SINGAPORE — Earlier this month a closed-door workshop and open public symposium focused on bridging the divisions within the Association of Southeast Asian Nations and those between Japan and Okinawa as well as on strengthening the ASEAN-Japan partnership through governance, human security and community-building.

As the first activity under the aegis of the ASEAN-Japan Exchange Year 2003, it brought together representatives of Japanese think tanks and the 10-member ASEAN (comprising Indonesia, Malaysia, the Philippines, Singapore, Thailand, Vietnam, Brunei, Cambodia, Laos and Myanmar).

Held in Okinawa, the Japan-ASEAN Workshop and Symposium was co-organized by the Japan Institute of International Affairs, or JIIA, the Japanese Foreign Ministry and the Okinawa Peace Assistance Center. JIIA President Hisahi Owada chaired the event just before assuming his post as a judge at the International Court of Justice in The Hague.

Younger scholars from ASEAN countries gave their input and ideas on how to revitalize important geostrategic, economic, social and cultural ties. The need for an effective community-building exercise between Japan and ASEAN, and its eventual extension to South Korea and China within the “ASEAN plus 3” framework, was also discussed.

Owada underscored the significance of the event being held in Okinawa:

* Okinawa is considered a gateway to Southeast Asia, given its profound historical links (through the Great Era of Trade during the 14th through 19th centuries) and its cultural affinities with China and Southeast Asian countries.

* The “divide” that exists between Okinawa and mainland Japan is similar to the “ASEAN divide.”

The ASEAN divide is multidimensional and multifaceted among the 10 ASEAN nations. It includes the divide between “newer” and “older” members (which has given rise to the notion of a “two-tier ASEAN”). The divide over ideology is being smoothed out thanks to the political, economic and social transition of Indochinese countries. Disparities also exist over historical views, economics, social conditions, security concerns, culture and mind-set.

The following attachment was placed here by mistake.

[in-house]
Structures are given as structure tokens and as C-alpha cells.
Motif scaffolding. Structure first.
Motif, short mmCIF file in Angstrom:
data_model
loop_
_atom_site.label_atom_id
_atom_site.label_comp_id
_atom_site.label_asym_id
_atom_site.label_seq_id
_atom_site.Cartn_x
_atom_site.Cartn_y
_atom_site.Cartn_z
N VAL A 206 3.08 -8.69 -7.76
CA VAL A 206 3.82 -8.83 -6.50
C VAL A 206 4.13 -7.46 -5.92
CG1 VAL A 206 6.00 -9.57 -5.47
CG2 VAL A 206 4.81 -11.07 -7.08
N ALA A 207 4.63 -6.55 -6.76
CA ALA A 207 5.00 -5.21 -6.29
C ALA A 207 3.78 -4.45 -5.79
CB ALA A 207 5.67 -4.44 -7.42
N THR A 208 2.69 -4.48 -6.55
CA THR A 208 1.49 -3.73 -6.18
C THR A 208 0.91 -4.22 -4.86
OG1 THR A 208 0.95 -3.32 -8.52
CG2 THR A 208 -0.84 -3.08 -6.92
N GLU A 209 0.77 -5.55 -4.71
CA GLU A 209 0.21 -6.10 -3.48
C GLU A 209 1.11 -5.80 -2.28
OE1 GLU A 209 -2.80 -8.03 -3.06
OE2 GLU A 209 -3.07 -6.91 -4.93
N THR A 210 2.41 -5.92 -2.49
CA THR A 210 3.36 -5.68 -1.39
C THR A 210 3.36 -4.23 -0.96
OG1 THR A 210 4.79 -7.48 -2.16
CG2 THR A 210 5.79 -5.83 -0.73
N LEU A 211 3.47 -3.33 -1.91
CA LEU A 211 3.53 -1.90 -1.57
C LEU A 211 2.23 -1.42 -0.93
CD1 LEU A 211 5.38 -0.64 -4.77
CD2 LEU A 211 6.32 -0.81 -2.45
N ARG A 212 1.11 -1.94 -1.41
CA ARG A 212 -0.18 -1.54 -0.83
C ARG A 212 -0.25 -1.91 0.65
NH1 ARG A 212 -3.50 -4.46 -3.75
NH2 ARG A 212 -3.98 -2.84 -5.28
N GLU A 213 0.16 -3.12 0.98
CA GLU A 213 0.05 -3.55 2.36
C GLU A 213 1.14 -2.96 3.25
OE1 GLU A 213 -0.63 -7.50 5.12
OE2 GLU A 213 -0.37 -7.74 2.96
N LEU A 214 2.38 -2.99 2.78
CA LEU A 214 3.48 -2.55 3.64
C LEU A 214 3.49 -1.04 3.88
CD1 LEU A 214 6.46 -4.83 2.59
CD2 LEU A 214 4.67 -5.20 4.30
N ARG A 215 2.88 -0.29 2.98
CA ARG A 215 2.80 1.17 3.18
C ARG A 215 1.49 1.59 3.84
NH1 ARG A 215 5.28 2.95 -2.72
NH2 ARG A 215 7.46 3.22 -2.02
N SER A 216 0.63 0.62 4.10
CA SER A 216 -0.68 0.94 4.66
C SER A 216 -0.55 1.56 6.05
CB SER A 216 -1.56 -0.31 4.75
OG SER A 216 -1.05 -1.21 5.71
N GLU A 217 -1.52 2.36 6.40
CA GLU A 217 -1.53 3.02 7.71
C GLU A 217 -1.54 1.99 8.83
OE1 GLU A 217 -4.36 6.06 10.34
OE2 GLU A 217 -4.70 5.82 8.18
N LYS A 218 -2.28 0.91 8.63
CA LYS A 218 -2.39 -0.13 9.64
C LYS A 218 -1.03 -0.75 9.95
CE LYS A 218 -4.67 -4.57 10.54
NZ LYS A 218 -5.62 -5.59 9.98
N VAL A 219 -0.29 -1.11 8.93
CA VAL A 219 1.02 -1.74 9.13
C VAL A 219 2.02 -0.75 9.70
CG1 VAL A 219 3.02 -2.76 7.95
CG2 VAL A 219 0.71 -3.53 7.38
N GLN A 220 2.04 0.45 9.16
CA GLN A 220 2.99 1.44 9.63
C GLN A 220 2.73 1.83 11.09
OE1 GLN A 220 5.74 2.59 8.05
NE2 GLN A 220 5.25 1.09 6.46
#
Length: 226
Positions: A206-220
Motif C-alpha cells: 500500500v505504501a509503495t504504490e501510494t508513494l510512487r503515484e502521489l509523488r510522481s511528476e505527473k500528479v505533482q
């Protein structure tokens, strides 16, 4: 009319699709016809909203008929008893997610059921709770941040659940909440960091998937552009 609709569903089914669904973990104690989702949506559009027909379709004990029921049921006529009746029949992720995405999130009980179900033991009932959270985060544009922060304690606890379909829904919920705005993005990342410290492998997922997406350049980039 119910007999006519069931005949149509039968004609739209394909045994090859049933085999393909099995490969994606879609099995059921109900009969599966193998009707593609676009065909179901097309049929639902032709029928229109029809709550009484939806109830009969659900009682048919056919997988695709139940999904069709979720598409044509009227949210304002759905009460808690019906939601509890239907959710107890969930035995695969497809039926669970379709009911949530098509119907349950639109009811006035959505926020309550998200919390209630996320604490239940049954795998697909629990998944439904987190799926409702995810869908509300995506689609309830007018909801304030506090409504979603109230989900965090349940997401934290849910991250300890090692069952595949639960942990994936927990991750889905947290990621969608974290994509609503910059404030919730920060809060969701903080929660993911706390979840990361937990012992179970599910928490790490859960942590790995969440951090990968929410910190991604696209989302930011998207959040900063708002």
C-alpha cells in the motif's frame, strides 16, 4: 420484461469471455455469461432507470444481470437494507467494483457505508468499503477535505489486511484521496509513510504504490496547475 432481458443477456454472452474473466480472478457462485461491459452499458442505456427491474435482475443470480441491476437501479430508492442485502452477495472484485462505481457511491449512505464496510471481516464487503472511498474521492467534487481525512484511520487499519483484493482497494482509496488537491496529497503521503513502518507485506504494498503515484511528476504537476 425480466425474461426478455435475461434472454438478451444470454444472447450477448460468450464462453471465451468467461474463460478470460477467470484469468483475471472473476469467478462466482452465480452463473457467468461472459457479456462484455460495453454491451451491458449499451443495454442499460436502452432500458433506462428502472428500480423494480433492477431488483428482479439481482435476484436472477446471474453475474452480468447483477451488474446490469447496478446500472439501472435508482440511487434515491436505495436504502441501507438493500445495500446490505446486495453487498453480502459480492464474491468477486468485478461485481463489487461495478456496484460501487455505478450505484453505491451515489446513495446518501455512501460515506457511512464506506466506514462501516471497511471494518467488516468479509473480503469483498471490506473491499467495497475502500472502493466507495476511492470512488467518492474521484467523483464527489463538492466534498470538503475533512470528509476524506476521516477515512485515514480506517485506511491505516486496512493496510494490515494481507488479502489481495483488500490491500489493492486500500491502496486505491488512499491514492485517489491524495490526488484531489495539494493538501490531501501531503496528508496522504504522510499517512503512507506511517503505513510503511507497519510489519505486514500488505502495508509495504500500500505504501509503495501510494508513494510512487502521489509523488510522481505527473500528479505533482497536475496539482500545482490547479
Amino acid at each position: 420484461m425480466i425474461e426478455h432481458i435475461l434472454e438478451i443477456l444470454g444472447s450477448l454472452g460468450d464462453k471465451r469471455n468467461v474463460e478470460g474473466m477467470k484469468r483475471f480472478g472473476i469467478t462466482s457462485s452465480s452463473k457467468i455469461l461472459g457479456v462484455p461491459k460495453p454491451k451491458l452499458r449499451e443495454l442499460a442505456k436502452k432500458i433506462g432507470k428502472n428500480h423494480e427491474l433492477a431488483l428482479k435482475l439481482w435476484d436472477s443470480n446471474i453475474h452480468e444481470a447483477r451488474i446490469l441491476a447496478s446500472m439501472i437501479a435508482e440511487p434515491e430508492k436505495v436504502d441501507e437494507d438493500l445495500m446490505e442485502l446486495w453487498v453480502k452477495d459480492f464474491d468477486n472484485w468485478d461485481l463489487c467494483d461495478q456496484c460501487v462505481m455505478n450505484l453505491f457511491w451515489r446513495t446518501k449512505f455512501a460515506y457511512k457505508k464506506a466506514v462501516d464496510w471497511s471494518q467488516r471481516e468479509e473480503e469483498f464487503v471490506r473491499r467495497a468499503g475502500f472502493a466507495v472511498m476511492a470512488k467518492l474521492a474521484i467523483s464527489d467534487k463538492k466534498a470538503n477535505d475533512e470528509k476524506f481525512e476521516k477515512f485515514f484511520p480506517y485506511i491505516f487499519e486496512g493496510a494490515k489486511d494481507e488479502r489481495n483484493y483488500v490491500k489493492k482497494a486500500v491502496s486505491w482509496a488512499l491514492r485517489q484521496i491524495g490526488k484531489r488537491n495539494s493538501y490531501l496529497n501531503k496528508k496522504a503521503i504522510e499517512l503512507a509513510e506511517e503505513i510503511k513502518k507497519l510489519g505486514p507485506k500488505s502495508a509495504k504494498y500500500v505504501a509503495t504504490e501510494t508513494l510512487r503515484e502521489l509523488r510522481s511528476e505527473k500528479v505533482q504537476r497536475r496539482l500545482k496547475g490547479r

To bridge this ASEAN divide, member countries have envisaged a program of economic and social rapprochement in the Initiative for ASEAN Integration, formally adopted at the Singapore Summit of November 2000. Bridging this divide is of crucial importance if ASEAN is to formally adopt the proposal of Singapore Prime Minister Goh Chok Tong to create by 2020 an ASEAN Economic Community. This is scheduled for discussion at a summit in Bali next November.

To a certain extent, the “Japan divide” or, more precisely, the “Japan-Okinawa” divide, can be compared to the ASEAN divide. A psychological divide still exists between Okinawans and Japanese mainlanders. The deaths of great numbers of Okinawans during the battle between Americans and Japanese in World War II have left a sense of guilt and retribution both ways.

This historical divide is complicated by at least two other Okinawan grievances toward Japanese mainlanders: First, Okinawa has only about 70 percent of mainland Japan’s average gross domestic product; hence an income divide. Second, Okinawa hosts 75 percent of Japan’s American bases, an issue that remains a thorn in the flesh of Okinawans.

Okinawans are caught in a bind. They would prefer getting the U.S. bases out of their islands, yet stand to lose financially and economically from their departure. At a time of profound uncertainty on the Korean Peninsula, it is unlikely that the United States or Japan will remove these crucial bases in the foreseeable future. Tokyo’s financial contributions and subsidies to Okinawa are thus expected to continue.

Both Okinawa/Japan and ASEAN (as an organization) face major challenges in bridging their internal divides. If unbridged, there is the risk of increased insecurity and instability, as socioeconomic disparities compound historical and psychological divisions that could fracture both entities. Community-building becomes an important facet of not only bridging these two divides but also strengthening ASEAN-Japan relations in this new century.

Economic cooperation between Japan and ASEAN, perhaps via the pivotal location of Okinawa, should be seriously explored. In addition, there is a need to encourage more people-to-people relations between Okinawa and the ASEAN countries. Community-building between Okinawa and ASEAN could be further promoted, as the Japanese Government seeks to use Okinawa as a venue in its human-resource development and technology-promotion programs with ASEAN.

Given Okinawa’s lack of agricultural and industrial competitiveness in terms of cost and technology vis-a-vis ASEAN, trade between ASEAN and Okinawa is limited, although agricultural or biomarine technology could be transferred to ASEAN by Okinawa nonprofit organizations with Tokyo’s financial support.

The workshop and symposium was a followup to the ASEAN-Japan Vision 2020 document put together by the Eminent Persons Group from ASEAN and Japan at the initiative of the late Prime Minister Keizo Obuchi in 2000.

The idea of using Okinawa to bridge the divides and strengthen ASEAN-Japan relations is a good one; it now depends on Tokyo to draw up a strategic plan, in collaboration with ASEAN governments, and implement it. Community-building — from ASEAN to Japan through Okinawa — is a new means of revitalizing ASEAN-Japan ties.

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